A lot of people ask me why I do this missing persons work, and why I research the Holocaust and true crime so much, and why I do my Executed Today entries, and in general why do I surround myself with such “depressing” stuff.
The short answer, of course, is “I like it.” Or, to quote the British serial killer Dennis Nilsen, when asked why he murdered people: “Well, enjoying it is as good a reason as any.”
The long answer, of course, is what people really want, and for the longest time I couldn’t provide it. I knew I had been attracted to this kind of “depressing” stuff since childhood (I’m saying depressing in quotes because I don’t find these topics depressing at all) but I didn’t really know why.
I tried to come up with various explanations, sometimes talking about it with the legion of therapists I’ve had. One of them thought the missing persons thing was because I felt so disconnected from my family and community and general environment and was therefore psychologically “missing” myself. I didn’t agree with that, but he kept pressing the point, and at one point I said, “Why do I like reading about missing people? Well, why do I like cheese pizza?” And then he said that was the most idiotic thing he’d ever heard me say. And round and round and round we went. Anyway, none of the reasons I daddled with in my head ever made much sense to me.
As part of the I-Match Program (all is well btw, headache-wise), we had to have two therapy sessions with the psychologist there. And it was in the first session that I finally figured it out. Or, rather, the therapist did. I was telling him about how I want to do something heroic, something big and blazing that will burst like fireworks and make a difference in the world. I told him about how, when the revolution started in Libya, my first instinctive urge had been to go over there and throw myself into the fracas. And he said, “So. You’re interested in fighting evil.”
And it hit me all at once: that was it. I’m interested, not in evil itself, but in the battle against it. More specifically, I’m looking for heroes. When I find one I feel it’s my duty to let other people know the story, know that person existed. Of course, heroism requires adversity, even tragedy, which is where the “depressing” stuff comes in. But my focus was never on that.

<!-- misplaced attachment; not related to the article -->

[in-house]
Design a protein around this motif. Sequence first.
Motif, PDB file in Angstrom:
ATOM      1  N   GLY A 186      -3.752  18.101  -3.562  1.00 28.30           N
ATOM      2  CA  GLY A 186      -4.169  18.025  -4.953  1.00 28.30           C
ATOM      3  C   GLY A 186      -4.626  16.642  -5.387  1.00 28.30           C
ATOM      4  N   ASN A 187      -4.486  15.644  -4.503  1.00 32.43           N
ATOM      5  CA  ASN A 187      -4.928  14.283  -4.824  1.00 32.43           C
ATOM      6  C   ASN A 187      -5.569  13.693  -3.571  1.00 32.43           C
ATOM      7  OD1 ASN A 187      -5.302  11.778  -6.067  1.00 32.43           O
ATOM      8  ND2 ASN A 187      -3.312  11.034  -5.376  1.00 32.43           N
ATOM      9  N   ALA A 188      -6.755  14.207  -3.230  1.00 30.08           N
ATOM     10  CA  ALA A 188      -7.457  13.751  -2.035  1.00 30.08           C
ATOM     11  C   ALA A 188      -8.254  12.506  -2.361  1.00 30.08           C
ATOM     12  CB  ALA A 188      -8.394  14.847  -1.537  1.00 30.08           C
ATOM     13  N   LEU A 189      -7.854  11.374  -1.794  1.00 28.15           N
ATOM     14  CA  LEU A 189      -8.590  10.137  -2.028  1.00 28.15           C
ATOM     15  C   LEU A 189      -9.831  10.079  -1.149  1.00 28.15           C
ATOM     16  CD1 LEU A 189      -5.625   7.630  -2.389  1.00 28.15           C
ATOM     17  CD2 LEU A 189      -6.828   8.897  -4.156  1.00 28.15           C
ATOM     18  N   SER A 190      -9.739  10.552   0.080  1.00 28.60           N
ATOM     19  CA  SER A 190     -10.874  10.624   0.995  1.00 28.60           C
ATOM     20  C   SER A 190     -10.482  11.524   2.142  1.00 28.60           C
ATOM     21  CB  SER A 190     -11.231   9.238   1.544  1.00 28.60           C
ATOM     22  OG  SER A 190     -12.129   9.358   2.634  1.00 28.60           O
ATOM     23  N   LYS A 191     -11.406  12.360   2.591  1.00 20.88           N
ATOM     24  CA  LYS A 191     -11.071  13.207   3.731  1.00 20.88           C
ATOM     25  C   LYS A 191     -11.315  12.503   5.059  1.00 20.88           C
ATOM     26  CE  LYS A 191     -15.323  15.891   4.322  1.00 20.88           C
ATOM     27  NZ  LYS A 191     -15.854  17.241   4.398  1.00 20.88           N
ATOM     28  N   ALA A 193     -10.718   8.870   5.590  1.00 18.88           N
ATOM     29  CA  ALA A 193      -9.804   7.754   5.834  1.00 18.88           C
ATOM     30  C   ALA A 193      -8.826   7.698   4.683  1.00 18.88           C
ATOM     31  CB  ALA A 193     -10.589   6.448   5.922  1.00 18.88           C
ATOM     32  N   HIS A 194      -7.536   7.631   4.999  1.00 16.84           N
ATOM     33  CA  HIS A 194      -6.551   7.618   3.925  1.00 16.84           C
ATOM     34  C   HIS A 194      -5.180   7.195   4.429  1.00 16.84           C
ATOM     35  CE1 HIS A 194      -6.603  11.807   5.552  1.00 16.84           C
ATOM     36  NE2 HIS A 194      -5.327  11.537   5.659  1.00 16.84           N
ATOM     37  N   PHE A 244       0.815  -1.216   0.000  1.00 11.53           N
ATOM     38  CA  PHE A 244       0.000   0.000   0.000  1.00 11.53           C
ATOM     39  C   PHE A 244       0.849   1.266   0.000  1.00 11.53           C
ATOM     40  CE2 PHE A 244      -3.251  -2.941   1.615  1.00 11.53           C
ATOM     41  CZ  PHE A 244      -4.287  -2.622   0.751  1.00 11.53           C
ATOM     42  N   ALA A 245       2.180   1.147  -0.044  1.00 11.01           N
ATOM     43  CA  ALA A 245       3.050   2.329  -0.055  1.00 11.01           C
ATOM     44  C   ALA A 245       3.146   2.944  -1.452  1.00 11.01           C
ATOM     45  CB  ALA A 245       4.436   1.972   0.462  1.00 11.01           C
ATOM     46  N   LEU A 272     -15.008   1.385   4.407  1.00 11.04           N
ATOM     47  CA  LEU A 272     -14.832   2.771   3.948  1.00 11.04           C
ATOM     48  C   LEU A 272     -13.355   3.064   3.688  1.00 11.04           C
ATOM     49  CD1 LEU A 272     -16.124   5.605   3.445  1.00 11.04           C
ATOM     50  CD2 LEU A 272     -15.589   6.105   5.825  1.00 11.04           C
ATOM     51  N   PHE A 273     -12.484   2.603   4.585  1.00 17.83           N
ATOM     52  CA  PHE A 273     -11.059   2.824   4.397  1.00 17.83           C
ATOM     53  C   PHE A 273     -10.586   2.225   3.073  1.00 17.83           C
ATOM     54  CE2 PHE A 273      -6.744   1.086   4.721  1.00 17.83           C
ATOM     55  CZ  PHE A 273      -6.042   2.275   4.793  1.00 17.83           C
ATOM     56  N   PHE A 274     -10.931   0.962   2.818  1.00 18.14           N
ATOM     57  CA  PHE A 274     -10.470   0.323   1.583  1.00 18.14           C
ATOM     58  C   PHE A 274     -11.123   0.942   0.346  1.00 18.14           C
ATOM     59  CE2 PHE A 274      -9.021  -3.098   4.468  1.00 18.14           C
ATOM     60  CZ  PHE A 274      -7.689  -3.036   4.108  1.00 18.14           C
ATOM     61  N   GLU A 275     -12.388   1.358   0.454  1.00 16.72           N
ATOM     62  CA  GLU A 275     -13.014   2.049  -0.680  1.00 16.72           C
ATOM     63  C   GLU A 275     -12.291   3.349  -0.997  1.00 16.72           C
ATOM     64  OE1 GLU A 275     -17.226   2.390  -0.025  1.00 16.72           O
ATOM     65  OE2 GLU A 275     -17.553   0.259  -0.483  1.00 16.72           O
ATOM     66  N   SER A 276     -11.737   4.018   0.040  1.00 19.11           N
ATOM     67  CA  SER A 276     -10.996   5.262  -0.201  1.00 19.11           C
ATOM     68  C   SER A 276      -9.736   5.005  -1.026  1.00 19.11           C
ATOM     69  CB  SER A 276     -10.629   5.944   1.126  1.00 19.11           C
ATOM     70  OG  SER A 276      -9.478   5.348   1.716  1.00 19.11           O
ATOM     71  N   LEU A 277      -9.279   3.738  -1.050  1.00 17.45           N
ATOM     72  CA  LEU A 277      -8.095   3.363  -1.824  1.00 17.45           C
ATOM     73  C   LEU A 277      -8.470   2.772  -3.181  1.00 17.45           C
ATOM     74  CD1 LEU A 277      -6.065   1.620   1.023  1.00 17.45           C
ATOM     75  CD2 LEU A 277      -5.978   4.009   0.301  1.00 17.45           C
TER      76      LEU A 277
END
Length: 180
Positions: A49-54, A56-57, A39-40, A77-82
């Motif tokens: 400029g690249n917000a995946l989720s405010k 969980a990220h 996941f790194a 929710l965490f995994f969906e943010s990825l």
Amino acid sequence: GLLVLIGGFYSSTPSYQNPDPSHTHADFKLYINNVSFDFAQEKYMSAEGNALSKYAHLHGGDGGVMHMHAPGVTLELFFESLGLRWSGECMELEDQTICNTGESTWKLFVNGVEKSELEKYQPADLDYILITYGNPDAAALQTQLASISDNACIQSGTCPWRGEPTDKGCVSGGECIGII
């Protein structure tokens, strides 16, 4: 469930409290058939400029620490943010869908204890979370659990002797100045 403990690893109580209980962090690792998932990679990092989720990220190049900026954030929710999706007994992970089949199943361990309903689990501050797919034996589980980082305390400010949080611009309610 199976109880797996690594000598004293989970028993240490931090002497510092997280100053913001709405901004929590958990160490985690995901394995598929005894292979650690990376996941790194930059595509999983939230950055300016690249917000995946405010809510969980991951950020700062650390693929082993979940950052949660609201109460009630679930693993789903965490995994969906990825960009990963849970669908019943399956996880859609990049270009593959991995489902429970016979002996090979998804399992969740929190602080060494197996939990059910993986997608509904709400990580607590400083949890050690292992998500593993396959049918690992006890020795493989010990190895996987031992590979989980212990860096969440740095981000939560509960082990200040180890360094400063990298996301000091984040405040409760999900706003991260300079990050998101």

Take Johann Georg Elser for example, my latest big hero. This perfectly ordinary, working-class German guy, a deadbeat dad, with no great intelligence or talent in anything, tried to kill Adolf Hitler in 1938 and almost succeeded. He was ultimately executed for this. But what is the most important thing, to me, is that he tried. He spent a year plotting and preparing this meticulous assassination attempt and that he failed was through no fault of his own. And, unlike most assassins, Elser was neither hired nor crazy, nor did he intend to martyr himself. He was just a very ordinary man who saw a darkness spreading over his country and did what he could to stop it, while the whole rest of the world turned away. I first heard about him in February and I am still marveling over how incredible it all was, and wondering what made him so different from the millions of other ordinary German people who, after the war, tried to say “we didn’t like what was going on but there was nothing we could do about it.”
In my mind, the “depressing” fact that Elser’s attempt failed (through simple rotten luck) and that he was executed is nothing to the inspiration I feel as a result of his aspirations to change history and prevent a global war.
And for MPs, it’s largely the same, though there’s also the curiosity and speculation about the mysteries. With MPs the heroes are police officers and prosecutors who doggedly pursue decades-old disappearances that are ice cold, the coroners and medical examiners who scour the internet trying to identify dead bodies in their spare time, the family members that turn into activists for others as well as themselves, the private citizens who invest their time in solving cold cases when they could be playing Farmville instead. Maybe these actions aren’t “big and blazing” but there’s so much quiet altruism there. And it adds up.
And that, ladies and gentlemen, is why “I like it.”